Human Resource Specialists – Foundation of HRMay 3, 2018 Human resource specialists (HRS) are also called recruiters, as their primary duties in the human resource (HR) area are to screen, recruit, interview, and place workers in the right positions. Other HR jobs may specialize in compensation, benefits, or employee training. HRS are on the front line of HR, selecting the right people for the right jobs.
The Rogue Valley has an estimated 279 human resource specialists. The 2014 to 2024 forecast for this occupation in Jackson and Josephine counties is a modest increase of only 5.7 percent, compared with 13.7 percent in the Portland Metro area. As about half of Oregon’s businesses and jobs are located in the larger Portland area, the need for human resource specialists is that much greater. Another possible reason for the slow growth expectation is that the Rogue Valley is a region of mostly small businesses. In small businesses, human resource positions tend to be “multi-taskers” or “generalists” doing all HR related duties as needed. Fewer local companies can afford, or need, to have HR specialists focusing mostly on recruiting.
A typical entry level of education for human resource specialists is a bachelor’s degree. The average wages for this occupational group vary from $25.22 in the Rogue Valley, to $29.20 in Oregon and more than $31 per hour in the Portland Tri-County area.
The Human Resource Field Is Changing
Many jobs and careers are being challenged and changed by new technology and evolving business practices. Some key HR related functions, such as payroll and benefits administration, have been simplified by many available software applications. In addition, HR functions have been steadily outsourced, not necessarily out of the country but to the U.S. companies who specialize in full spectrum human resource management. Such companies can assist businesses with tracking and data processing such as payroll, benefits, as well as with employee recruiting and training. Today many employers tend to use cost effective external sources for their staff development needs, such as webinars led by external trainers and consultants.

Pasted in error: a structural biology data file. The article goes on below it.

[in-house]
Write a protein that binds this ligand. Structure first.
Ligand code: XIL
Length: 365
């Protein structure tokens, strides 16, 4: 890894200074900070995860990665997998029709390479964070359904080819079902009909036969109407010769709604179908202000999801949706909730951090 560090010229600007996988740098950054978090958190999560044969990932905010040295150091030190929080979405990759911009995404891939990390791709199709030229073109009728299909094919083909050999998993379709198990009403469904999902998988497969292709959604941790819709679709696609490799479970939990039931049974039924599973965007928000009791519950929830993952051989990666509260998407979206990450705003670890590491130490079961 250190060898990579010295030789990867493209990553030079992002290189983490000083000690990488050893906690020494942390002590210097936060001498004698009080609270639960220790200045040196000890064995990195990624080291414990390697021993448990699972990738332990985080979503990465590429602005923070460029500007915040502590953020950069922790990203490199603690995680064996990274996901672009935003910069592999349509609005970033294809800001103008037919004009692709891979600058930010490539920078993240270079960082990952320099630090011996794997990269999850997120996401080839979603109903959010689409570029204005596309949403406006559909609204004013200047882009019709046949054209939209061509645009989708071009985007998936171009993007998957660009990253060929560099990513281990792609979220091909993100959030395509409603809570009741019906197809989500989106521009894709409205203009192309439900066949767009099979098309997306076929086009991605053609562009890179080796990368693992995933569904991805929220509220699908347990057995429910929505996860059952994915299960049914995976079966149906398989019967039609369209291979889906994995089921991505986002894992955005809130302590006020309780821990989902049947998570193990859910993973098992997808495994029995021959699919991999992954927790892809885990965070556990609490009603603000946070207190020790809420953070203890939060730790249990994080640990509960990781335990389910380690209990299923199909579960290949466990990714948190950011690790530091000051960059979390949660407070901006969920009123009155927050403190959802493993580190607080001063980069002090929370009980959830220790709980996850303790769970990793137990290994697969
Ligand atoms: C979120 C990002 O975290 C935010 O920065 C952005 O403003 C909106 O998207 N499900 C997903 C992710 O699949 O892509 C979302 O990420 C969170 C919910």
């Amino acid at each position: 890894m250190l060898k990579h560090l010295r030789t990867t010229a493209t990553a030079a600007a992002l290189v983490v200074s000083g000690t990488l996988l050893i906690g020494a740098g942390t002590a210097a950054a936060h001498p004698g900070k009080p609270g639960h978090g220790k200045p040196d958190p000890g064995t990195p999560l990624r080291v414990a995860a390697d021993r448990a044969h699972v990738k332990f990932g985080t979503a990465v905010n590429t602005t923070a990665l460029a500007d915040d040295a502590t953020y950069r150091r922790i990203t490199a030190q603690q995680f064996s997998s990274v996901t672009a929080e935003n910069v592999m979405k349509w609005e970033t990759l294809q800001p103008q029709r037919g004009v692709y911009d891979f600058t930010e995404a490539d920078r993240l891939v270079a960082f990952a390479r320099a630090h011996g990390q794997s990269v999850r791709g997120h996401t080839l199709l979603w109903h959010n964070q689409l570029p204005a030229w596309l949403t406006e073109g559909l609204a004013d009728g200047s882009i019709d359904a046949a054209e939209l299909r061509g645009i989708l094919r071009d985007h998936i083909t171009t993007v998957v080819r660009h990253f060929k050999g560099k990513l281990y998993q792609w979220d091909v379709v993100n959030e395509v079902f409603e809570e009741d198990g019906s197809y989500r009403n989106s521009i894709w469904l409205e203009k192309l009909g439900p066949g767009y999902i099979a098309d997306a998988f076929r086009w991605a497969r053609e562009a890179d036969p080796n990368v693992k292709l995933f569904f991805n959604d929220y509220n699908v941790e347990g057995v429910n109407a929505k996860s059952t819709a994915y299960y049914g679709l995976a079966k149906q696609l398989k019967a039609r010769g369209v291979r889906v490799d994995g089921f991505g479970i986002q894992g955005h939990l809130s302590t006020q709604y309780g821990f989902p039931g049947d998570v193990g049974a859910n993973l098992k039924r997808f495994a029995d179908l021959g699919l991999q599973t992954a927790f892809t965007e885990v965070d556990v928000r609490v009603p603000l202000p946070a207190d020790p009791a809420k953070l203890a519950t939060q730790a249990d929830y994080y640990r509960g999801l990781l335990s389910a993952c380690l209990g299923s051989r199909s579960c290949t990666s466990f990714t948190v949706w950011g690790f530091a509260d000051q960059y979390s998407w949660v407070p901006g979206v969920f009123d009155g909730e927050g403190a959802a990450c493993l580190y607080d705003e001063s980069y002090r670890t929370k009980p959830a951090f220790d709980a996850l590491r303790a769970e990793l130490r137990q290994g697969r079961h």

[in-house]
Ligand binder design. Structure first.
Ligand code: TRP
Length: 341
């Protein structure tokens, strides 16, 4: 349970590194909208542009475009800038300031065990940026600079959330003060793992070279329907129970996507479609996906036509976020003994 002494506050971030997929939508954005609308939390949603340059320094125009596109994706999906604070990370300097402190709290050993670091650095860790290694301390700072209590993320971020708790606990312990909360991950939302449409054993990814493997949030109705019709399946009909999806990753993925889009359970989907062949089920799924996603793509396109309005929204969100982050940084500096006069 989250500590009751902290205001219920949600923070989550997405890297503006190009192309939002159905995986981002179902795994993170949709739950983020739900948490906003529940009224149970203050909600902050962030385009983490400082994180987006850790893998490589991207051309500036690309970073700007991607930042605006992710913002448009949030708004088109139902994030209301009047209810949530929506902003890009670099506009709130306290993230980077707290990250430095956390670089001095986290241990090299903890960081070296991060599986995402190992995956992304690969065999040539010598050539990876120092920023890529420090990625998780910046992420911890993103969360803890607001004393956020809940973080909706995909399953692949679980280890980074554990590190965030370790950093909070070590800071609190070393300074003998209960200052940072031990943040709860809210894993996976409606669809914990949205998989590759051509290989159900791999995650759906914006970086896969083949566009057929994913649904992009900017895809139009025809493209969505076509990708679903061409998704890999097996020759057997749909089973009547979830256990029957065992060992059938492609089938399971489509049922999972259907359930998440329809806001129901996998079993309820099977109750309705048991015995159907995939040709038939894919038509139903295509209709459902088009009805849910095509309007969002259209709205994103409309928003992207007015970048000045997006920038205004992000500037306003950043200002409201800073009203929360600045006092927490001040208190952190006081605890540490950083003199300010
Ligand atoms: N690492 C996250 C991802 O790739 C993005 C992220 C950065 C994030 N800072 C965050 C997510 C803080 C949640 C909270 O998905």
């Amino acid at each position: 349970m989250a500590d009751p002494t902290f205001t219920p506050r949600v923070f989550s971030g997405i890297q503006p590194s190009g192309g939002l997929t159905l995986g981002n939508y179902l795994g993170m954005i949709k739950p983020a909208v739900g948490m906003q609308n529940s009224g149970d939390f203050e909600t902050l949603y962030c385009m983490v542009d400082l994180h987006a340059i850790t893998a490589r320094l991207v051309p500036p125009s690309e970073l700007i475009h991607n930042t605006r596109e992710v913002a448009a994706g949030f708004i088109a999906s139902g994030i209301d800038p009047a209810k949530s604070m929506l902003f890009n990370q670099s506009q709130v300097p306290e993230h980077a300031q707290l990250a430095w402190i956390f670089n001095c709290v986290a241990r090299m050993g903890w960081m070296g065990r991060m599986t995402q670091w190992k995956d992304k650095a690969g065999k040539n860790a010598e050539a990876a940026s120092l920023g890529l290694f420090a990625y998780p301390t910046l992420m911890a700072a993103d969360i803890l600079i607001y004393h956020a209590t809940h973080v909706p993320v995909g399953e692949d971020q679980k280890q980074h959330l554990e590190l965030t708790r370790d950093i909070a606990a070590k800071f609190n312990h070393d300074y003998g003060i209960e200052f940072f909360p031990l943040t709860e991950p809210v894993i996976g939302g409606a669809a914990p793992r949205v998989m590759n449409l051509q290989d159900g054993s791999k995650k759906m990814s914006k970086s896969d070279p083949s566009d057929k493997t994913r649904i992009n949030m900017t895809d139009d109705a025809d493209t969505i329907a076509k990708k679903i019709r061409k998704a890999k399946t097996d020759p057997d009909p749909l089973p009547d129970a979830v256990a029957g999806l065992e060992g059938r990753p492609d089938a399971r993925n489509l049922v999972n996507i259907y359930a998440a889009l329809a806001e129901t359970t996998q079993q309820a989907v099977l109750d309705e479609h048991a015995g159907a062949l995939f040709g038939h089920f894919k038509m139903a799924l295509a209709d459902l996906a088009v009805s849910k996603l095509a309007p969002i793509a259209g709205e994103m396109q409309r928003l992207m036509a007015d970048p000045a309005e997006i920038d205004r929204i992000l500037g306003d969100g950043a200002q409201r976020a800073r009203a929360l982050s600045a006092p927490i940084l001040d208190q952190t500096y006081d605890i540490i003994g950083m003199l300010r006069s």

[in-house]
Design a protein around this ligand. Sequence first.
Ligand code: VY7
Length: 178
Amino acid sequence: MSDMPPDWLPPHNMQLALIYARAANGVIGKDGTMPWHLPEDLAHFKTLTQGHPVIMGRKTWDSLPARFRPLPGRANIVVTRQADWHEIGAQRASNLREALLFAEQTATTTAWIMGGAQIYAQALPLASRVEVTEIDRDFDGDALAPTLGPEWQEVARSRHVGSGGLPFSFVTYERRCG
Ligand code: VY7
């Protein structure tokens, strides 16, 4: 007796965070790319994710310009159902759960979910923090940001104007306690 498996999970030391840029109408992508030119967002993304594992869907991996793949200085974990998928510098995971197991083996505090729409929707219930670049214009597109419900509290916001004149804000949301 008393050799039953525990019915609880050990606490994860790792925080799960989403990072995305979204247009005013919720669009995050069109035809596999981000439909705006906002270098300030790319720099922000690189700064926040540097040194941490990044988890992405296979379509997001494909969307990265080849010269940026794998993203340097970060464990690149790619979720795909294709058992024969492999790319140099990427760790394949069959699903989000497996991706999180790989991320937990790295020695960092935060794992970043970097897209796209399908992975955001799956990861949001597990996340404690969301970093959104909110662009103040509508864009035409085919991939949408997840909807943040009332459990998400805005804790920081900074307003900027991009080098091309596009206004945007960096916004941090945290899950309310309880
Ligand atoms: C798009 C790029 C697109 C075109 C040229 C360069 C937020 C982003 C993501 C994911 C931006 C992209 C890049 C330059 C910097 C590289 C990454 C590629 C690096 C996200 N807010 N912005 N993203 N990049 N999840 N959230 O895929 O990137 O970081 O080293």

In the area of recruitment, most businesses still prefer to keep this key function in-house. However, businesses also use the services of staffing or recruiting agencies, especially for hiring and managing of seasonal workforce or in search for high-level executive or professional talent.
Expertise in Human Resources Will Remain Crucial
Some of the trends foreseen in the HR literature state that in future:
- In-house HR will downsize and outsourcing will increase. As the employment landscape becomes more complex with changing regulations around employment law, it is impossible for limited in-house staff to remain experts in “all fields.” Utilizing HR consulting firms and other external resources will be more common.
- Strategic thinking will become in-house HR’s new core competence. Instead of focusing on just technical aspects of recruiting, tracking, data processing, or legal compliance, the in-house HR specialists/experts have to become a part of business leadership.
- HR recruiting will need to become more like marketing. The human resource specialists of the future will need to identify specific micro-segments of job seekers in line with the company’s job requirements and goals. HRS then have to target such selected job seekers with recruitment messages and practices, just like a marketing firm would.
- If human resource specialists truly become human capital experts, not just human resource bookkeepers, their role in business will remain crucial, regardless of technology, automation, and outsourcing.